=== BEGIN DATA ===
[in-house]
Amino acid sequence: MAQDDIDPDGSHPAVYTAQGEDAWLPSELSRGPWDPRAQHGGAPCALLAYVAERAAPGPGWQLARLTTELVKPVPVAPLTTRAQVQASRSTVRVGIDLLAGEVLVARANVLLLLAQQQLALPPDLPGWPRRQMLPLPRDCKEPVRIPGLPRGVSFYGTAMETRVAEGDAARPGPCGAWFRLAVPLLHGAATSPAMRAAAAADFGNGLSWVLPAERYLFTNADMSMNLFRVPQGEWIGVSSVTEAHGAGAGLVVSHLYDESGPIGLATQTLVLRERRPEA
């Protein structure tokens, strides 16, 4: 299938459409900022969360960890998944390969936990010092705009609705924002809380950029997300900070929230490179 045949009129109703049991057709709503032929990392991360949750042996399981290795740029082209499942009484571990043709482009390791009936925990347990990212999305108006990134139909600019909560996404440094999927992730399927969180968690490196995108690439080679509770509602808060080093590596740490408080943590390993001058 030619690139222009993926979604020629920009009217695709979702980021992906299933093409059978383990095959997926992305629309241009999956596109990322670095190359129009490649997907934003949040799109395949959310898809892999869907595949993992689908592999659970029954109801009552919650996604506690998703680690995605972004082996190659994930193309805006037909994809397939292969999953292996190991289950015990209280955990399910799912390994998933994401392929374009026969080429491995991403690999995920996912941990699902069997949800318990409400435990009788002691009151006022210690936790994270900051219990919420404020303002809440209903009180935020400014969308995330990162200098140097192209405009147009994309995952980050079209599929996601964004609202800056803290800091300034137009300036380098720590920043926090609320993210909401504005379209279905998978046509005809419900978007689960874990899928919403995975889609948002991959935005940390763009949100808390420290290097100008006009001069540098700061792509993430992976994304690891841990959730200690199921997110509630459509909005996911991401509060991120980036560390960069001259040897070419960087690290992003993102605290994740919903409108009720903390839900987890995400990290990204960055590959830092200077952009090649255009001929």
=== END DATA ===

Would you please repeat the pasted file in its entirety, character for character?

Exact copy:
[in-house]
Amino acid sequence: MAQDDIDPDGSHPAVYTAQGEDAWLPSELSRGPWDPRAQHGGAPCALLAYVAERAAPGPGWQLARLTTELVKPVPVAPLTTRAQVQASRSTVRVGIDLLAGEVLVARANVLLLLAQQQLALPPDLPGWPRRQMLPLPRDCKEPVRIPGLPRGVSFYGTAMETRVAEGDAARPGPCGAWFRLAVPLLHGAATSPAMRAAAAADFGNGLSWVLPAERYLFTNADMSMNLFRVPQGEWIGVSSVTEAHGAGAGLVVSHLYDESGPIGLATQTLVLRERRPEA
């Protein structure tokens, strides 16, 4: 299938459409900022969360960890998944390969936990010092705009609705924002809380950029997300900070929230490179 045949009129109703049991057709709503032929990392991360949750042996399981290795740029082209499942009484571990043709482009390791009936925990347990990212999305108006990134139909600019909560996404440094999927992730399927969180968690490196995108690439080679509770509602808060080093590596740490408080943590390993001058 030619690139222009993926979604020629920009009217695709979702980021992906299933093409059978383990095959997926992305629309241009999956596109990322670095190359129009490649997907934003949040799109395949959310898809892999869907595949993992689908592999659970029954109801009552919650996604506690998703680690995605972004082996190659994930193309805006037909994809397939292969999953292996190991289950015990209280955990399910799912390994998933994401392929374009026969080429491995991403690999995920996912941990699902069997949800318990409400435990009788002691009151006022210690936790994270900051219990919420404020303002809440209903009180935020400014969308995330990162200098140097192209405009147009994309995952980050079209599929996601964004609202800056803290800091300034137009300036380098720590920043926090609320993210909401504005379209279905998978046509005809419900978007689960874990899928919403995975889609948002991959935005940390763009949100808390420290290097100008006009001069540098700061792509993430992976994304690891841990959730200690199921997110509630459509909005996911991401509060991120980036560390960069001259040897070419960087690290992003993102605290994740919903409108009720903390839900987890995400990290990204960055590959830092200077952009090649255009001929």